Jump to content

Research Training Group on Cancer Surgery: German Research Foundation approves second funding period

Better sensor technology for shorter surgical procedures and increased patient safety: Since 2019, the Research Training Group (RTG) "Intraoperative Multisensoric Tissue Differentiation in Oncology," a collaboration between the University of Stuttgart and the University of Tübingen, has been advancing research in medical technology. With the help of new sensor methods, the researchers want to help make surgical procedures on cancer patients safer and more effective.

Following a successful evaluation by the German Research Foundation (DFG), the research training group will enter its second funding period in 2024: A total of 34 early career researchers will be funded with around 4.5 million euros over the next four and a half years. The RTG is dedicated to developing innovative sensor technologies for tissue differentiation that surgeons can use in the operating room. By employing advanced methods of sensor fusion and machine learning, these technologies aim to enhance the accuracy and reliability of tissue assessment during surgery. "We are delighted to be able to continue the successful interdisciplinary collaboration between experts from systems engineering, computer science and physics with the clinical fields of urology, gynecology and pathology," says Oliver Sawodny, Professor at the Institute for System Dynamics at the University of Stuttgart and spokesperson for the RTG.

Precise tumor removal thanks to improved intraoperative diagnostics

In many cases, tumors are now removed using minimally invasive techniques. "Keyhole surgery is a blessing for patients, as it allows us to avoid large incisions by using a camera to magnify everything inside the abdomen," says Professor Sara Brucker, Medical Director at the University Women's Hospital in Tübingen, who also serves as the deputy spokesperson for the RTG.

The aim of the procedures is a complete tumor resection, i.e. the complete removal of the malignant tissue. At the same time, the surgeons try to spare the structures surrounding the tumor as much as possible and preserve as much healthy tissue as possible. In order to differentiate between healthy and malignant tissue and to precisely determine the tumor margins, they rely on good intraoperative diagnostics. Currently, histopathological frozen section examination is considered the gold standard. Because the tissue is evaluated by pathologists outside the operating theater, the operation takes longer. In addition, the frozen section does not allow a comprehensive assessment of the heterogeneity and complexity of the tumor.

The aim of the research training group is to develop supplementary diagnostic methods that enable tissue differentiation with high information quality in real time directly in the operating theater: In multisensoric tissue differentiation, minimally invasive sensors examine optical, mechanical and electrical tissue parameters during the operation. The information obtained is combined with image data and compared with preoperative histopathological examination results. "The aim is to be able to differentiate the tissue in the abdominal cavity," says Sara Brucker. "This method could shorten the duration of the operation and improve the postoperative outcome in terms of functional preservation and recurrence rate," says Oliver Sawodny.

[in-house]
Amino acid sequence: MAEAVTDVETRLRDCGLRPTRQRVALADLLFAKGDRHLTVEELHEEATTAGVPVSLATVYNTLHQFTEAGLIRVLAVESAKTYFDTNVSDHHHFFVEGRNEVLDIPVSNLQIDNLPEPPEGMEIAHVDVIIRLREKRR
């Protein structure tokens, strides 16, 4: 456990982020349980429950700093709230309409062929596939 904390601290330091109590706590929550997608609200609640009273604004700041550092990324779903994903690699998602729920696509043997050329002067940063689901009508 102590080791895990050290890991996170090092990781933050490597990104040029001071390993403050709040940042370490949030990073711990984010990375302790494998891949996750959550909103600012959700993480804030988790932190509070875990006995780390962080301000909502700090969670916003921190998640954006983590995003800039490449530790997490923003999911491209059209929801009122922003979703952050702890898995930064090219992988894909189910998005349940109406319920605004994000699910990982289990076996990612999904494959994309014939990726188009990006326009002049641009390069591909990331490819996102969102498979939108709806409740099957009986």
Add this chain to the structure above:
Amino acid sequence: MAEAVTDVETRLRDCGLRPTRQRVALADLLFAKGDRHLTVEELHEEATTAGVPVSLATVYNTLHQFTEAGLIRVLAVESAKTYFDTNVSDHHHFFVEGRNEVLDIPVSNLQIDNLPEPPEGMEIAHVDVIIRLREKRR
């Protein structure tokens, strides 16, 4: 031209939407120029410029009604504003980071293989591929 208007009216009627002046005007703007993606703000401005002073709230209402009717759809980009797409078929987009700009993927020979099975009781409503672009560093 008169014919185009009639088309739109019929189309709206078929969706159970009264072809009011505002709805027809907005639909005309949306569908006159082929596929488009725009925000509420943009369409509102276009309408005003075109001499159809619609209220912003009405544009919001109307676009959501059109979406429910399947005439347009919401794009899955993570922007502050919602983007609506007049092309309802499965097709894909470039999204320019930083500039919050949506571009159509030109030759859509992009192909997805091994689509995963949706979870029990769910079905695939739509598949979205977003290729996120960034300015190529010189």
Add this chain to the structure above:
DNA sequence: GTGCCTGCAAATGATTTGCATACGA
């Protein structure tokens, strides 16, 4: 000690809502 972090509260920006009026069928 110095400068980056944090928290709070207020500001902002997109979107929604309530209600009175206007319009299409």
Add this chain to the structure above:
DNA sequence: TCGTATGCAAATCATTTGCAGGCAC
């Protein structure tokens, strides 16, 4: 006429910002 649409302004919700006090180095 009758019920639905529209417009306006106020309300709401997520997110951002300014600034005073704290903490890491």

Interdisciplinary research in three key areas

The Research Training Group conducts research in three main areas: "Sensor Development", "Modeling and Classification" and "Surgery and Pathology". Scientists and doctors collaborate closely on these projects, working hand in hand to achieve their goals. The establishment of a "Joint Lab" with a link to the frozen section diagnostics department at Tübingen University Hospital has resulted in a particularly close exchange between the disciplines.

During the first funding period, the team achieved significant milestones, including a proof of concept that demonstrated the fundamental sensitivity of the proposed new sensor principles. The clinical focus was on applications in gynecology and urology. Over the next four and a half years, the group will focus on intraoperative tissue characterization in high resolution and coupling with 3D localization of organs and sensor instruments.

Research Training Groups

The aim of Research Training Groups is to support young researchers. They provide doctoral candidates with the opportunity to pursue their doctorates through a structured research and qualification program, ensuring a high level of professional training. In May 2024, the German Research Foundation DFG approved 17 new RTGs and extended nine for a further funding period - including the Research Training Group "Intraoperative Multisensoric Tissue Differentiation in Oncology", in which the University of Stuttgart and the University of Tübingen are involved. The second, four-and-a-half-year funding period for this RTG will fund eight projects by 16 doctoral students in the engineering and natural sciences. In addition, 18 medical scholarships with a duration of twelve months are also planned. The funding totals around 4.5 million euros.

Website address: https://www.gesundheitsindustrie-bw.de/en/article/press-release/research-training-group-cancer-surgery-german-research-foundation-approves-second-funding-period